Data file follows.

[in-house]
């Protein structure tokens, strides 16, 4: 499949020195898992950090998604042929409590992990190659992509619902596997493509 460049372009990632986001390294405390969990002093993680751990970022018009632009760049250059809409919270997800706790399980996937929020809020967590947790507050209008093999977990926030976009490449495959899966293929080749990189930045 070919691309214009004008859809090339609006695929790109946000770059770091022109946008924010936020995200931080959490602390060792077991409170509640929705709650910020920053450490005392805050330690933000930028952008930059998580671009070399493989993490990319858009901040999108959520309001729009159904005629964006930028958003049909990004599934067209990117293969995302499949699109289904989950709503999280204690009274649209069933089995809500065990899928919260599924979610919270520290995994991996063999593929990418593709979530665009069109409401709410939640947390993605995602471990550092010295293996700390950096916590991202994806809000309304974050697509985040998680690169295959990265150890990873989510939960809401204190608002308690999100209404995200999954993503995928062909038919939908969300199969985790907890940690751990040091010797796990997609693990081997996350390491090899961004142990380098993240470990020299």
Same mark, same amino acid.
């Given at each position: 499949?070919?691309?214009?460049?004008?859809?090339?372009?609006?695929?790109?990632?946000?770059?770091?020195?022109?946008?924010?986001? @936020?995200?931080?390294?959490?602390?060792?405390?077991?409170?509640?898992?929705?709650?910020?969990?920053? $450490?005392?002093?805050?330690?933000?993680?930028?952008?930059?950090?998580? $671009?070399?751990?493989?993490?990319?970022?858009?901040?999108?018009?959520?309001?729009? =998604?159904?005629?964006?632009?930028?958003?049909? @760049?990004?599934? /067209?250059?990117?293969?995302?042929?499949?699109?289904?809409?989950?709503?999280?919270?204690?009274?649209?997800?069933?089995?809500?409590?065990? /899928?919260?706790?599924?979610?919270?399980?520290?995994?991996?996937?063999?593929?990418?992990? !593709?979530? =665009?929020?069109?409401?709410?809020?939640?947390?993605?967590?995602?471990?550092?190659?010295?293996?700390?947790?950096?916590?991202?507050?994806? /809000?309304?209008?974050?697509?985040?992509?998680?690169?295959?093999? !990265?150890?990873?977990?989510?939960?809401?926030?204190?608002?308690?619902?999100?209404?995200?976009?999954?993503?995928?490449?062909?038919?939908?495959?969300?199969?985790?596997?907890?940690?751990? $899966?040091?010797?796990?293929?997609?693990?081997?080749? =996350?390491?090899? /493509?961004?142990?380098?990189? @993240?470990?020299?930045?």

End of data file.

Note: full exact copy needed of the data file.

[in-house]
């Protein structure tokens, strides 16, 4: 499949020195898992950090998604042929409590992990190659992509619902596997493509 460049372009990632986001390294405390969990002093993680751990970022018009632009760049250059809409919270997800706790399980996937929020809020967590947790507050209008093999977990926030976009490449495959899966293929080749990189930045 070919691309214009004008859809090339609006695929790109946000770059770091022109946008924010936020995200931080959490602390060792077991409170509640929705709650910020920053450490005392805050330690933000930028952008930059998580671009070399493989993490990319858009901040999108959520309001729009159904005629964006930028958003049909990004599934067209990117293969995302499949699109289904989950709503999280204690009274649209069933089995809500065990899928919260599924979610919270520290995994991996063999593929990418593709979530665009069109409401709410939640947390993605995602471990550092010295293996700390950096916590991202994806809000309304974050697509985040998680690169295959990265150890990873989510939960809401204190608002308690999100209404995200999954993503995928062909038919939908969300199969985790907890940690751990040091010797796990997609693990081997996350390491090899961004142990380098993240470990020299």
Same mark, same amino acid.
């Given at each position: 499949?070919?691309?214009?460049?004008?859809?090339?372009?609006?695929?790109?990632?946000?770059?770091?020195?022109?946008?924010?986001? @936020?995200?931080?390294?959490?602390?060792?405390?077991?409170?509640?898992?929705?709650?910020?969990?920053? $450490?005392?002093?805050?330690?933000?993680?930028?952008?930059?950090?998580? $671009?070399?751990?493989?993490?990319?970022?858009?901040?999108?018009?959520?309001?729009? =998604?159904?005629?964006?632009?930028?958003?049909? @760049?990004?599934? /067209?250059?990117?293969?995302?042929?499949?699109?289904?809409?989950?709503?999280?919270?204690?009274?649209?997800?069933?089995?809500?409590?065990? /899928?919260?706790?599924?979610?919270?399980?520290?995994?991996?996937?063999?593929?990418?992990? !593709?979530? =665009?929020?069109?409401?709410?809020?939640?947390?993605?967590?995602?471990?550092?190659?010295?293996?700390?947790?950096?916590?991202?507050?994806? /809000?309304?209008?974050?697509?985040?992509?998680?690169?295959?093999? !990265?150890?990873?977990?989510?939960?809401?926030?204190?608002?308690?619902?999100?209404?995200?976009?999954?993503?995928?490449?062909?038919?939908?495959?969300?199969?985790?596997?907890?940690?751990? $899966?040091?010797?796990?293929?997609?693990?081997?080749? =996350?390491?090899? /493509?961004?142990?380098?990189? @993240?470990?020299?930045?």